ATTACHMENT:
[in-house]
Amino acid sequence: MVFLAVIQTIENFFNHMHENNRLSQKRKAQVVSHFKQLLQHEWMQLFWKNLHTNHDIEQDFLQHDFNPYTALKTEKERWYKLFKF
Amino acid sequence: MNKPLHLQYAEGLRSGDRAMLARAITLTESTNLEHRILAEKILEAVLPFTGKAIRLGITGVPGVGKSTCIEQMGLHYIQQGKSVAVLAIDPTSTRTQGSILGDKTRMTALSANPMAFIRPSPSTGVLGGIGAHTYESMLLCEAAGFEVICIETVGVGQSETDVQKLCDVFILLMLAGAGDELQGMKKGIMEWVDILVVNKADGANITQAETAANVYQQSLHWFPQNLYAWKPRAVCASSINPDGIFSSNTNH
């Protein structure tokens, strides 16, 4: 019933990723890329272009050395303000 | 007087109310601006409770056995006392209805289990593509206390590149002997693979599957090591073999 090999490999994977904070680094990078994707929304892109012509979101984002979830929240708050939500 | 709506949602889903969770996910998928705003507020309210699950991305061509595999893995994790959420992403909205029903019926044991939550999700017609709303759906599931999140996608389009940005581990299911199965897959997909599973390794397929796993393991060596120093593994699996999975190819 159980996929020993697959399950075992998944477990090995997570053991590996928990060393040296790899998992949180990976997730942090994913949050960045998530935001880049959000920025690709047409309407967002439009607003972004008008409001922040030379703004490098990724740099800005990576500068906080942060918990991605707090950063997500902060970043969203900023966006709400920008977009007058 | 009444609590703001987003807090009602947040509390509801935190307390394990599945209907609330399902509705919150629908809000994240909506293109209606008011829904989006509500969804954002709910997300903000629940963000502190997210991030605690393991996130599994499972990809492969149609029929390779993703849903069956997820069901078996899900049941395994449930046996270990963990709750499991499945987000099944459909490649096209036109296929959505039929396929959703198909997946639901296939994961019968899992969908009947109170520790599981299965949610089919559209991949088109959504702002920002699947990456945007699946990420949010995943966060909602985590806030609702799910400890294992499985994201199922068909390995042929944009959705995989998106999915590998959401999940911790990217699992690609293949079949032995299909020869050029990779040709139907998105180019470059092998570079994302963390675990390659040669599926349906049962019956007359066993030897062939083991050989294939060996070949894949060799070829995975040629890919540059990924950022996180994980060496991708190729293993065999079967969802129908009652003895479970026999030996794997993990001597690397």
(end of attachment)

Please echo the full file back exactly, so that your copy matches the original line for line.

[in-house]
Amino acid sequence: MVFLAVIQTIENFFNHMHENNRLSQKRKAQVVSHFKQLLQHEWMQLFWKNLHTNHDIEQDFLQHDFNPYTALKTEKERWYKLFKF
Amino acid sequence: MNKPLHLQYAEGLRSGDRAMLARAITLTESTNLEHRILAEKILEAVLPFTGKAIRLGITGVPGVGKSTCIEQMGLHYIQQGKSVAVLAIDPTSTRTQGSILGDKTRMTALSANPMAFIRPSPSTGVLGGIGAHTYESMLLCEAAGFEVICIETVGVGQSETDVQKLCDVFILLMLAGAGDELQGMKKGIMEWVDILVVNKADGANITQAETAANVYQQSLHWFPQNLYAWKPRAVCASSINPDGIFSSNTNH
């Protein structure tokens, strides 16, 4: 019933990723890329272009050395303000 | 007087109310601006409770056995006392209805289990593509206390590149002997693979599957090591073999 090999490999994977904070680094990078994707929304892109012509979101984002979830929240708050939500 | 709506949602889903969770996910998928705003507020309210699950991305061509595999893995994790959420992403909205029903019926044991939550999700017609709303759906599931999140996608389009940005581990299911199965897959997909599973390794397929796993393991060596120093593994699996999975190819 159980996929020993697959399950075992998944477990090995997570053991590996928990060393040296790899998992949180990976997730942090994913949050960045998530935001880049959000920025690709047409309407967002439009607003972004008008409001922040030379703004490098990724740099800005990576500068906080942060918990991605707090950063997500902060970043969203900023966006709400920008977009007058 | 009444609590703001987003807090009602947040509390509801935190307390394990599945209907609330399902509705919150629908809000994240909506293109209606008011829904989006509500969804954002709910997300903000629940963000502190997210991030605690393991996130599994499972990809492969149609029929390779993703849903069956997820069901078996899900049941395994449930046996270990963990709750499991499945987000099944459909490649096209036109296929959505039929396929959703198909997946639901296939994961019968899992969908009947109170520790599981299965949610089919559209991949088109959504702002920002699947990456945007699946990420949010995943966060909602985590806030609702799910400890294992499985994201199922068909390995042929944009959705995989998106999915590998959401999940911790990217699992690609293949079949032995299909020869050029990779040709139907998105180019470059092998570079994302963390675990390659040669599926349906049962019956007359066993030897062939083991050989294939060996070949894949060799070829995975040629890919540059990924950022996180994980060496991708190729293993065999079967969802129908009652003895479970026999030996794997993990001597690397």